This variable specifies the amount of time (in seconds) between ICMPv6 Echo Request probe packets (containing an unrecognized option in a Destination Options header) sent to the all-nodes on-link multicast address (ff02::1). Multicast Echo Request packets can easily detect newly attached devices and probe existing devices. However, because they are sent to a multicast address, the interval should be long enough such that unnecessary traffic spikes are reduced.
This variable specifies the type of probe packets that will be used for both unicast and multicast probes.
echo specifies that only regular ICMPv6 Echo Request messages should be used.
unrec specifies that only ICMPv6 Echo Request messages with an unsupported option should be used.
all specifies that both types of probe packets should be used. If left unspecified, this option defaults to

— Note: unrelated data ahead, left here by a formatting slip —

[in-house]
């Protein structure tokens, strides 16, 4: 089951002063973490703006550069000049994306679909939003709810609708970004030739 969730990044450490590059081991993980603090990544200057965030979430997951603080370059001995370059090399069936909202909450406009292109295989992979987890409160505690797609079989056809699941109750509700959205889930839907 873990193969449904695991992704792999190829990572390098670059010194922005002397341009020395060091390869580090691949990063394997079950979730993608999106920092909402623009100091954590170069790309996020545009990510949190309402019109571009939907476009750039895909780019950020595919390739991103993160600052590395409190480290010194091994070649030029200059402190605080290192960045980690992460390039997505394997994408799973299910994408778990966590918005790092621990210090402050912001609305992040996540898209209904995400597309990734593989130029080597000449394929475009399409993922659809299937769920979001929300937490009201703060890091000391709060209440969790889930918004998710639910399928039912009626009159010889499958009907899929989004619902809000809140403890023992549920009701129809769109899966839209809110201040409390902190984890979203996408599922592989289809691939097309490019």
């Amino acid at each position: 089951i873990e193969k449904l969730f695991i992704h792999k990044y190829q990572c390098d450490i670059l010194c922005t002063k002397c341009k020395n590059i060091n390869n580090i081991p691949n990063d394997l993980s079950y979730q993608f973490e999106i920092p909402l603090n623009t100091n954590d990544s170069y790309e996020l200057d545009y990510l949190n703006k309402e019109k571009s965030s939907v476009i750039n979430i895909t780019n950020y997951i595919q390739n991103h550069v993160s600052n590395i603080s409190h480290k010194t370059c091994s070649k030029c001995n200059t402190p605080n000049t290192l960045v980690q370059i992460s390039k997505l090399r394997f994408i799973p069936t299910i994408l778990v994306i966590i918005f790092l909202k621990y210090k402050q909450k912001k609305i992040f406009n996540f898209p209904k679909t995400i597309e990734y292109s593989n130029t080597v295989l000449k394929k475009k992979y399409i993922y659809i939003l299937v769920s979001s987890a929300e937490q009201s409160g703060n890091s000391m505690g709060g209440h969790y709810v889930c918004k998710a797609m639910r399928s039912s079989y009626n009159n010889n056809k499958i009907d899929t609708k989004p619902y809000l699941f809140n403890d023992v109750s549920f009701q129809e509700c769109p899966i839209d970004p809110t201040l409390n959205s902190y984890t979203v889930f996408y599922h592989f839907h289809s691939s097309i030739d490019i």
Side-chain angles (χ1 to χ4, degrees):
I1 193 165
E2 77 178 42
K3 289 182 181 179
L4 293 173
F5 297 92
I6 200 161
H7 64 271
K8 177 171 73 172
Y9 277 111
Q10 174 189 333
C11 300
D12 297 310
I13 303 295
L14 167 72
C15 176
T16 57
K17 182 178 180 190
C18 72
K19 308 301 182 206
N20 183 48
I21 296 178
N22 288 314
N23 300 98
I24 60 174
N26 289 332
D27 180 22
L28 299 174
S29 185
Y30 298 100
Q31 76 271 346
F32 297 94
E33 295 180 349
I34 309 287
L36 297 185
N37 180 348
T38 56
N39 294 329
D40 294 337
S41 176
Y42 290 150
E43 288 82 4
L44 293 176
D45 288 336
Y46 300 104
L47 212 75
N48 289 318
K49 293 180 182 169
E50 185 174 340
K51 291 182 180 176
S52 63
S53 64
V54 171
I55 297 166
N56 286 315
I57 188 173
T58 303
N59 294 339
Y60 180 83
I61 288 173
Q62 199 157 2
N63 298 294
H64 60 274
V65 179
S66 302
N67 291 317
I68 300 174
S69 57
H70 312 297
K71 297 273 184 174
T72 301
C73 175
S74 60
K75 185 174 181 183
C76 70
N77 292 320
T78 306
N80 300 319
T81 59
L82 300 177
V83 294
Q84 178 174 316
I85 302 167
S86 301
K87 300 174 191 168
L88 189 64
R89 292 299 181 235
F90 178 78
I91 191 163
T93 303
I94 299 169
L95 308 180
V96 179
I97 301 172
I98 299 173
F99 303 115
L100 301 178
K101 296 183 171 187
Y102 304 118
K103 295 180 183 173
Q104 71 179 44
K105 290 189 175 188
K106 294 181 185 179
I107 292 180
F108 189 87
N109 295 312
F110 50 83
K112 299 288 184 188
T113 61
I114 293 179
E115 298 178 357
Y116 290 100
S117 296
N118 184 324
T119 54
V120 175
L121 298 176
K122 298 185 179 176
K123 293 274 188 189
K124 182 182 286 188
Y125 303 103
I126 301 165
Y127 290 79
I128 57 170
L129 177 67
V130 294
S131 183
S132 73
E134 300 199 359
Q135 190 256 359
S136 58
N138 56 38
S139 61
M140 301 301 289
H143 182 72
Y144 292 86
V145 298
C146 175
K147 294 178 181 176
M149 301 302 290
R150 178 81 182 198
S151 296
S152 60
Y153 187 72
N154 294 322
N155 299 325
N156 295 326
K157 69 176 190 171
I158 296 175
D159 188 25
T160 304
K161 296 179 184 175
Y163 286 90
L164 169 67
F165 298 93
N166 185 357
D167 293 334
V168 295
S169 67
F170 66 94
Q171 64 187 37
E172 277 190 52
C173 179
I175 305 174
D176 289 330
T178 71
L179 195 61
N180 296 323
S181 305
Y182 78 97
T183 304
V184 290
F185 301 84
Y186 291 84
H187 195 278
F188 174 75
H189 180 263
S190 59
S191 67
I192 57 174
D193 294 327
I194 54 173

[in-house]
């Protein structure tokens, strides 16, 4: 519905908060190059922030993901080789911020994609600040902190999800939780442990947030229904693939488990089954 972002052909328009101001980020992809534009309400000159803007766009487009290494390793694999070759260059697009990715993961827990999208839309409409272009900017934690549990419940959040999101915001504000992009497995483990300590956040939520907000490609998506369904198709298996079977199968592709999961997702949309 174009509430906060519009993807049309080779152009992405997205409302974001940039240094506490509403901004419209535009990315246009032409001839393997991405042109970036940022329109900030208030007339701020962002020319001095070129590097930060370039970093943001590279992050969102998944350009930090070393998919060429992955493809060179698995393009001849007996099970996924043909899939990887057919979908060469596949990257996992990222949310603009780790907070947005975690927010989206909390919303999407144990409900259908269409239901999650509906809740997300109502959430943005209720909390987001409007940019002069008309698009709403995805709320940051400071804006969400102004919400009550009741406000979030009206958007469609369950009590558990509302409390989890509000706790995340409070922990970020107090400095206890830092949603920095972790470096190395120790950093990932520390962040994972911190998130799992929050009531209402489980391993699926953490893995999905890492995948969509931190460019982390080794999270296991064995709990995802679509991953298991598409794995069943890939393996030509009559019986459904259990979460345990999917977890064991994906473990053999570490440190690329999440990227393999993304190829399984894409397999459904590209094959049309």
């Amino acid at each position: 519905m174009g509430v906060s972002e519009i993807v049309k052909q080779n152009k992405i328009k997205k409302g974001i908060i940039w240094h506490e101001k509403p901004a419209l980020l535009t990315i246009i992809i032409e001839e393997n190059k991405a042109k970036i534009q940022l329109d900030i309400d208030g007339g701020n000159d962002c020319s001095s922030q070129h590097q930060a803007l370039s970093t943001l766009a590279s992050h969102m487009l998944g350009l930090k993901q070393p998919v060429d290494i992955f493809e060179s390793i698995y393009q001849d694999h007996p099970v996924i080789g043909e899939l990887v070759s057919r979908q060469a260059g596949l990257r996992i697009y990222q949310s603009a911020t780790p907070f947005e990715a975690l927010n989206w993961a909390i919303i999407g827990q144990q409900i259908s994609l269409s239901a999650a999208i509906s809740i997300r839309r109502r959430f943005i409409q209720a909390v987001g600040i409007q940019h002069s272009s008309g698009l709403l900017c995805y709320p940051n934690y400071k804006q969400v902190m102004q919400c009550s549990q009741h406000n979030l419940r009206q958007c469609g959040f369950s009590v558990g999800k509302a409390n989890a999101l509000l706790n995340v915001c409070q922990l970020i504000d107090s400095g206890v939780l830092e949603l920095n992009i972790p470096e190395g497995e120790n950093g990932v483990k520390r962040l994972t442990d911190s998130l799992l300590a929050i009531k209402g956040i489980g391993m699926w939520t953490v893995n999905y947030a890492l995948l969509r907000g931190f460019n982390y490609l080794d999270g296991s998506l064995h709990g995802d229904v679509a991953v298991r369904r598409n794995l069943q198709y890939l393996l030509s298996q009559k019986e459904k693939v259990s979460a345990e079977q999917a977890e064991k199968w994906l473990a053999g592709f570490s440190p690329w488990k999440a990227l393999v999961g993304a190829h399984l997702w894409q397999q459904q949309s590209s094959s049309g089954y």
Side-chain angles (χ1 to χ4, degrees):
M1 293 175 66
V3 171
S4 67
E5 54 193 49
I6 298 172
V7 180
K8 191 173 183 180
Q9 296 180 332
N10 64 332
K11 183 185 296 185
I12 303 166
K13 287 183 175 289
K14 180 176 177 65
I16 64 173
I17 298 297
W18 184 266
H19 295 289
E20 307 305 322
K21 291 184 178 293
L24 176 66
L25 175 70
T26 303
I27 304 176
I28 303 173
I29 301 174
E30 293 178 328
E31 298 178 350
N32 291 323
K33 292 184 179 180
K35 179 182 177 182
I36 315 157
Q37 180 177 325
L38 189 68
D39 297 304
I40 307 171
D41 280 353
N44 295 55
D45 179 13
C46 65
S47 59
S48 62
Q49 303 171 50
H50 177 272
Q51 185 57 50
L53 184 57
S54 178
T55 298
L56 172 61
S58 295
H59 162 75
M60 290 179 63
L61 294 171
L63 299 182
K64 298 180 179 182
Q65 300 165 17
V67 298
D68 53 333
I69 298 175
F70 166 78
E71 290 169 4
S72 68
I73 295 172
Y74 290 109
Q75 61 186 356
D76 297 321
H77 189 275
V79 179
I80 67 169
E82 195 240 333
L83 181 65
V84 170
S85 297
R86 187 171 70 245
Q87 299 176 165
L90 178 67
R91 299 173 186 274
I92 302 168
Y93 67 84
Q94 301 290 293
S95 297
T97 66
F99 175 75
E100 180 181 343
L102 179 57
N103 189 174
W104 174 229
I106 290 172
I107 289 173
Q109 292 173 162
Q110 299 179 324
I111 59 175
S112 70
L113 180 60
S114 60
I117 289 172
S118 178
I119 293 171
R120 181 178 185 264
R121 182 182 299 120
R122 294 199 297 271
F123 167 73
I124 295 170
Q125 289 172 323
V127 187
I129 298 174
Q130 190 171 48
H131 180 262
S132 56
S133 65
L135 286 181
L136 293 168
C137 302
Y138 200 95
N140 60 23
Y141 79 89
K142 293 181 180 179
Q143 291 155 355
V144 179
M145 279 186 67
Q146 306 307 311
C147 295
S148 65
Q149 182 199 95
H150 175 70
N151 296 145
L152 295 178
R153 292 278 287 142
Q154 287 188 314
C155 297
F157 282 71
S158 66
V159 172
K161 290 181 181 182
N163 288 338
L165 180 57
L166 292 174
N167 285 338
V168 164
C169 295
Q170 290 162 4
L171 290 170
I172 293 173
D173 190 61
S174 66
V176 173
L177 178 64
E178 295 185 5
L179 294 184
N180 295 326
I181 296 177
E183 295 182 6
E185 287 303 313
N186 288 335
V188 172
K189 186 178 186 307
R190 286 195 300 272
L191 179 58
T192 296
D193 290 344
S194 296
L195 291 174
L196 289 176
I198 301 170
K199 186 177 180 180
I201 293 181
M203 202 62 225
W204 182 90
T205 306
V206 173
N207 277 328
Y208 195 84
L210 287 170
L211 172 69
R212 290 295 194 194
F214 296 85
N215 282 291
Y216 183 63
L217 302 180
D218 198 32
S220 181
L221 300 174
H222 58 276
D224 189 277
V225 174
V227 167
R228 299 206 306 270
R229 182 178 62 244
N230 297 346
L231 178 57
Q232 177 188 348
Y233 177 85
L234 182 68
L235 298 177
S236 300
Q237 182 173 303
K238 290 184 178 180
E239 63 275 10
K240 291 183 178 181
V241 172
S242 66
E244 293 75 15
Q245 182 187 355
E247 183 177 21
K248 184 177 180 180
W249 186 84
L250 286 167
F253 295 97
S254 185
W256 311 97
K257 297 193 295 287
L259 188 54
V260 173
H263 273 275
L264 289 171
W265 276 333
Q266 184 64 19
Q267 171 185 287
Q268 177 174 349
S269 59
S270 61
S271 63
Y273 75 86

The following is a sample ipv6mon.conf file.
# # ipv6mon configuration file #
NetworkInterface=eth0 # Network Card to monitor AddressLogFile=/var/log/ipv6mon.log # Where to log address usage LockFile=/var/run/ipv6mon.pid # Where to write the daemons PID UnprivilegedUser=ipv6mon # Unprivileged user to switch to UnprivilegedGroup=ipv6mon # Unprivileged group to switch to TimestampFormat=date # Timestamps format MaxAddressEntries=2000 # Maximum number of IPv6 addresses #MaxCandidateEntries=1000 # Max. number of "candidate" addr AddressTimeout=90 # Address timeout value CandidateAddressTimeout=40 # Candidate Address Timeout MaxUnprobedInterval=40 # Max. unprobed time UnicastProbeInterval=15 # Time between unicast probes McastEchoProbeInterval=120 # Time between Mcast Echo Probes McastUnrecProbeInterval=120 # Time between Mcast Unrec Probes ProbeType=all # Probe types (echo, unrec, all)
The ipv6mon tool and the corresponding manual pages were produced by Fernando Gont <firstname.lastname@example.org>.
Copyright (c) 2011-2012 Fernando Gont.
Permission is granted to copy, distribute and/or modify this document under the terms of the GNU Free Documentation License, Version 1.3 or any later version published by the Free Software Foundation; with the Invariant Sections being just "AUTHOR" and "COPYRIGHT", with no Front-Cover Texts, and with no Back-Cover Texts. A copy of the license is available at <http://www.gnu.org/licenses/fdl.html>.